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I Sent a film to Cannes!


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#1 Brian Rose

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Posted 07 March 2006 - 07:59 PM

Of course, I don't expect it to get picked as an official entry, but if the Brown Bunny can make the cut, ANY movie can. I figure, for thirty bucks, it's work the risk, and I can forever say I sent a feature film to Cannes. Fingers Crossed. Anyone out there shot or played a role in a film that made it to Cannes? Would love to hear your experience!
Best
Brian Rose
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#2 Shawn Murphy

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Posted 07 March 2006 - 08:49 PM

Of course, I don't expect it to get picked as an official entry, but if the Brown Bunny can make the cut, ANY movie can. I figure, for thirty bucks, it's work the risk, and I can forever say I sent a feature film to Cannes. Fingers Crossed. Anyone out there shot or played a role in a film that made it to Cannes? Would love to hear your experience!
Best
Brian Rose




I've never seen Brown Bunny, but I have read many of the reviews, critiques, and praise, so I have to ask, are you using Brown Bunny as your lowest common denominator because you honestly believe Gallo is a poor filmmaker/storyteller? Or is it because the subject matter and his approach to filmmaking/storytelling isn't to your liking? There's a big difference between poor filmmaking/storytelling/cinematography/editing/ etc and styles of filmmaking, indeed there are many films that I just don't find interesting, some of the classic European "masters" as a matter of fact, but I would never suggest that they are "bad" films or not worthy of Cannes or and festival, they're just not my 'cup of tea'.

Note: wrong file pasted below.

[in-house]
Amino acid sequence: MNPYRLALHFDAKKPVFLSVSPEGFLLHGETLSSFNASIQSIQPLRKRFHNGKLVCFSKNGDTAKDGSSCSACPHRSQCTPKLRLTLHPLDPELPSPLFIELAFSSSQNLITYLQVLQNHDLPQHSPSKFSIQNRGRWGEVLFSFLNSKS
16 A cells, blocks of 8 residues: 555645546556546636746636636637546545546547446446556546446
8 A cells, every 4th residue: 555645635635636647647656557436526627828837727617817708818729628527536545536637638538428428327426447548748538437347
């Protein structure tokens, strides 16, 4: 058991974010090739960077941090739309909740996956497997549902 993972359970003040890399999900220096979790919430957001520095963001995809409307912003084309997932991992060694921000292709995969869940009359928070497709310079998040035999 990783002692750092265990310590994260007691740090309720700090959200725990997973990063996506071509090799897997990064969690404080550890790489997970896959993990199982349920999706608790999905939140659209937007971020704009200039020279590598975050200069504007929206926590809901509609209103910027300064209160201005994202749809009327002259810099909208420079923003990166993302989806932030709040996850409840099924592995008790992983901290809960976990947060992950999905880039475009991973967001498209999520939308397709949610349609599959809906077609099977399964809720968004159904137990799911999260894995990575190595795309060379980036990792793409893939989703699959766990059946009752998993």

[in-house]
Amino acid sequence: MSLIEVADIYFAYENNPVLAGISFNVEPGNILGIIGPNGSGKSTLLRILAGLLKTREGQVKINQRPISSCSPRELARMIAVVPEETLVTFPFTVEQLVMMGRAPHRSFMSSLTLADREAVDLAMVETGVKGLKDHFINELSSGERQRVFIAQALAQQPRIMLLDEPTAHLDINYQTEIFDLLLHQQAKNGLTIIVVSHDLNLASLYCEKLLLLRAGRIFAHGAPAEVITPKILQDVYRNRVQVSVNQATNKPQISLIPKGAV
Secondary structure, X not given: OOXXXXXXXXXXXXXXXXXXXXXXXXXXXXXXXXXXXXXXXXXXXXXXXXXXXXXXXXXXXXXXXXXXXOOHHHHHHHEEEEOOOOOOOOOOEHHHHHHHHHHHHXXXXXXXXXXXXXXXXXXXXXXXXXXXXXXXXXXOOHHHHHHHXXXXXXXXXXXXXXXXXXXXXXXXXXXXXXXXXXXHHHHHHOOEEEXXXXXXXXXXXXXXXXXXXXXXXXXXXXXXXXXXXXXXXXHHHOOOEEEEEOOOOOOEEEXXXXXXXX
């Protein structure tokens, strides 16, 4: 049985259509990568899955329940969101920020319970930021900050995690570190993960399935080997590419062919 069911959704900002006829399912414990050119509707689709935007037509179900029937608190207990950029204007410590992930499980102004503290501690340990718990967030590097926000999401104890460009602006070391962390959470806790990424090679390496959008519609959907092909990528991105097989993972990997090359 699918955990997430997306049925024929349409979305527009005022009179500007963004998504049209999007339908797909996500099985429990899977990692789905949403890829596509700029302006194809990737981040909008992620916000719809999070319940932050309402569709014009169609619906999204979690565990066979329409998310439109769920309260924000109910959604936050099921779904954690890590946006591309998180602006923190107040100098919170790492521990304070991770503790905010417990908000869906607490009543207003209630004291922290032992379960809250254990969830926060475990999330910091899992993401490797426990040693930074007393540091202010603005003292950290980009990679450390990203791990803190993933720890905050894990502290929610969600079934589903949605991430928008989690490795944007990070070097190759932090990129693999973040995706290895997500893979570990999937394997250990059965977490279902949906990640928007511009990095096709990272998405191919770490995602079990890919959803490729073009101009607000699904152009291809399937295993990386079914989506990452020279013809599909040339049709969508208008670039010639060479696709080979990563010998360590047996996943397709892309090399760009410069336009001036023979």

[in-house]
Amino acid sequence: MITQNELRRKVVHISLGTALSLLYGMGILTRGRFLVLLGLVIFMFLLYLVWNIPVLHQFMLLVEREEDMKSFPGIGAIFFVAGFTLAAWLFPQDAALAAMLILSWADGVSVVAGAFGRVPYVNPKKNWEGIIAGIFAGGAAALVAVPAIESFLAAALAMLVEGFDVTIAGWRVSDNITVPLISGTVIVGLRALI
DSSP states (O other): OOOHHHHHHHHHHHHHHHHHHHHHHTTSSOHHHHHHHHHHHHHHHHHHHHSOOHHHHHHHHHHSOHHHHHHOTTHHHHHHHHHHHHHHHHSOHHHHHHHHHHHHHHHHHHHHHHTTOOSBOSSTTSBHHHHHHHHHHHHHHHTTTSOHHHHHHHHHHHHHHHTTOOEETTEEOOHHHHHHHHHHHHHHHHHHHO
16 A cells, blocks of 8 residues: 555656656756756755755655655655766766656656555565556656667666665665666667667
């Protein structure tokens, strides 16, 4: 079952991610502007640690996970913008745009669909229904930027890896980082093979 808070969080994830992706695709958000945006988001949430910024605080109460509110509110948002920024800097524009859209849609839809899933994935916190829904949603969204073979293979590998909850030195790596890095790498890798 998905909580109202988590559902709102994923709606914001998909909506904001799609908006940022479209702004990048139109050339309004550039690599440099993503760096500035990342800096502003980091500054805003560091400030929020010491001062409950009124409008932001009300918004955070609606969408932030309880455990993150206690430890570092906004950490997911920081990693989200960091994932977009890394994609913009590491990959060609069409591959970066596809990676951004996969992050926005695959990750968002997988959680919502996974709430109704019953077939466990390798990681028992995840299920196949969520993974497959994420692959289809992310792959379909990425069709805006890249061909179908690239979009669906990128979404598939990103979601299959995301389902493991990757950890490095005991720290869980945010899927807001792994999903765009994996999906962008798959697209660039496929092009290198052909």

Good luck on your entry and do you have a link to some footage?

~Shawn
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#3 Brian Rose

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Posted 07 March 2006 - 08:54 PM